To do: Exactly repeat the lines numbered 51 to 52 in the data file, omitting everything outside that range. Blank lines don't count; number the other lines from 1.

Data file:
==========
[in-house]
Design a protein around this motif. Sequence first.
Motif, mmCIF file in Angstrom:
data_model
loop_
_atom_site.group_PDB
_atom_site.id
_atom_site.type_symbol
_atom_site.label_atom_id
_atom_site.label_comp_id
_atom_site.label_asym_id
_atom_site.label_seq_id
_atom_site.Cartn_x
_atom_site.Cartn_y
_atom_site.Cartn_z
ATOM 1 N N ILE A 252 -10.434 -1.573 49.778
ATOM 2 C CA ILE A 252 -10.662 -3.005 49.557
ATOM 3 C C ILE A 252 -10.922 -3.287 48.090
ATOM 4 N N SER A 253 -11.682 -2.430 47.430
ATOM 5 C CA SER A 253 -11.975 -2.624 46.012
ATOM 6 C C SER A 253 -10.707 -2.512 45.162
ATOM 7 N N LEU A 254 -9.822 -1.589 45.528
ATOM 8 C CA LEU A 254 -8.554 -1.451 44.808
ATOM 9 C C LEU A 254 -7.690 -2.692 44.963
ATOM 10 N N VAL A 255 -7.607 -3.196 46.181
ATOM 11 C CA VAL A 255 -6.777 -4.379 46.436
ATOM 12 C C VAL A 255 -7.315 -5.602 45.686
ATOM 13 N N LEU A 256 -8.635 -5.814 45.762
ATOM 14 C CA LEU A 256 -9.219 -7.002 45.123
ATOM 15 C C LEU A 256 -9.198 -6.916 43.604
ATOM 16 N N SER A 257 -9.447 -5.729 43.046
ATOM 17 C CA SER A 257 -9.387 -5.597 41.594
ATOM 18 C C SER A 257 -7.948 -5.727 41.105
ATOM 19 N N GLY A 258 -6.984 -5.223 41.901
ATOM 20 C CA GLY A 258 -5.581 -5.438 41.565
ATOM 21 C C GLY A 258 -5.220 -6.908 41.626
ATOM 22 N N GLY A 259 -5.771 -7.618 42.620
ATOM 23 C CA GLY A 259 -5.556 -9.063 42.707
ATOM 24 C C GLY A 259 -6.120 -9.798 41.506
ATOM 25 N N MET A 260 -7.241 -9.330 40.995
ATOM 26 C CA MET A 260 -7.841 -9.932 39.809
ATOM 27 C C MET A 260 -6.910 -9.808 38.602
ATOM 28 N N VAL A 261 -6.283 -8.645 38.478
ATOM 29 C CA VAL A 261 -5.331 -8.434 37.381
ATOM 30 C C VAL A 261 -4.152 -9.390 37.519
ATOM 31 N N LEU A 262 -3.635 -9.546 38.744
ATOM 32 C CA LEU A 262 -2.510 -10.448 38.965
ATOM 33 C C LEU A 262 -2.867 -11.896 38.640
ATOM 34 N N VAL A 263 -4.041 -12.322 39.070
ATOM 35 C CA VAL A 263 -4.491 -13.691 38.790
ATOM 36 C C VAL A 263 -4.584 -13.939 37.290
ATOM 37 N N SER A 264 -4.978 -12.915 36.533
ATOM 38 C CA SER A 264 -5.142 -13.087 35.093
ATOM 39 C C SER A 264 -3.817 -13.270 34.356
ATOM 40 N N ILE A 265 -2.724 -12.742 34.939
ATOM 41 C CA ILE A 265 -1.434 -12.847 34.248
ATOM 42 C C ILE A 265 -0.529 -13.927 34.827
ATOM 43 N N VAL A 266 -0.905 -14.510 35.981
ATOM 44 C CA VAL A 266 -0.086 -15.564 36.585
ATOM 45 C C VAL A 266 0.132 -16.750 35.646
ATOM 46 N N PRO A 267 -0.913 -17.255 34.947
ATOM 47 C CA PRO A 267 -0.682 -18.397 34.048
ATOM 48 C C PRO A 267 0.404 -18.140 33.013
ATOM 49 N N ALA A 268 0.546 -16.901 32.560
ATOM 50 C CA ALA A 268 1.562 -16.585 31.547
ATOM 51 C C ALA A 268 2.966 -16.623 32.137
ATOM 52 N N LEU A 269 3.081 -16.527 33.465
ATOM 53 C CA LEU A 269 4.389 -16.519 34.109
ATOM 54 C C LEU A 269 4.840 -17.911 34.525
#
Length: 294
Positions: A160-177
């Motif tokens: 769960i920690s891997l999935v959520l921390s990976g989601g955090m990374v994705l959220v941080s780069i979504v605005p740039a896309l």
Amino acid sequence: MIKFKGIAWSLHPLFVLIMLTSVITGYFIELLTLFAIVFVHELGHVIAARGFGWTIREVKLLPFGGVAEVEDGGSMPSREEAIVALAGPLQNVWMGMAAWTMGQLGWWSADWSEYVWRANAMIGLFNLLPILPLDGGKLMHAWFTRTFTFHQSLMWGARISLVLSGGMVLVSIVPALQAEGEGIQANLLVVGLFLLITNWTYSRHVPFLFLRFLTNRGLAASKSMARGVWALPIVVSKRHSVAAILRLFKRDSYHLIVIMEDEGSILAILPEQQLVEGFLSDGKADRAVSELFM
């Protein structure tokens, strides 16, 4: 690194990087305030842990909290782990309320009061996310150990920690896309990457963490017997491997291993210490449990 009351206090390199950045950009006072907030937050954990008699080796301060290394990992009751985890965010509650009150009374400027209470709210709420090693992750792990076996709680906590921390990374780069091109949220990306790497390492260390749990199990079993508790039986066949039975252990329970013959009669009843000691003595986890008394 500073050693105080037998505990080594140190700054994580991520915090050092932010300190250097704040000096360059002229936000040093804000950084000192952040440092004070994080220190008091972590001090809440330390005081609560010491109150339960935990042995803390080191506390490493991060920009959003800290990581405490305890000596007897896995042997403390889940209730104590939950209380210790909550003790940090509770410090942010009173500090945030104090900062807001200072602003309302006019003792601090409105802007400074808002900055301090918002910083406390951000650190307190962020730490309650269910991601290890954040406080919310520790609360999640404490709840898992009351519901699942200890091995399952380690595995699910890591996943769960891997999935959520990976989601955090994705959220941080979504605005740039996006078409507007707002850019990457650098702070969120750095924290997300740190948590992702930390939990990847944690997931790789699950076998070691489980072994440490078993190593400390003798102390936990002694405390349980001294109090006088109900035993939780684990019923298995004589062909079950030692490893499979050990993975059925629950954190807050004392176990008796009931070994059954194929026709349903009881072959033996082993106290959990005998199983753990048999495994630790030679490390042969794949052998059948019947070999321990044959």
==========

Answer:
ATOM 36 C C VAL A 263 -4.584 -13.939 37.290
ATOM 37 N N SER A 264 -4.978 -12.915 36.533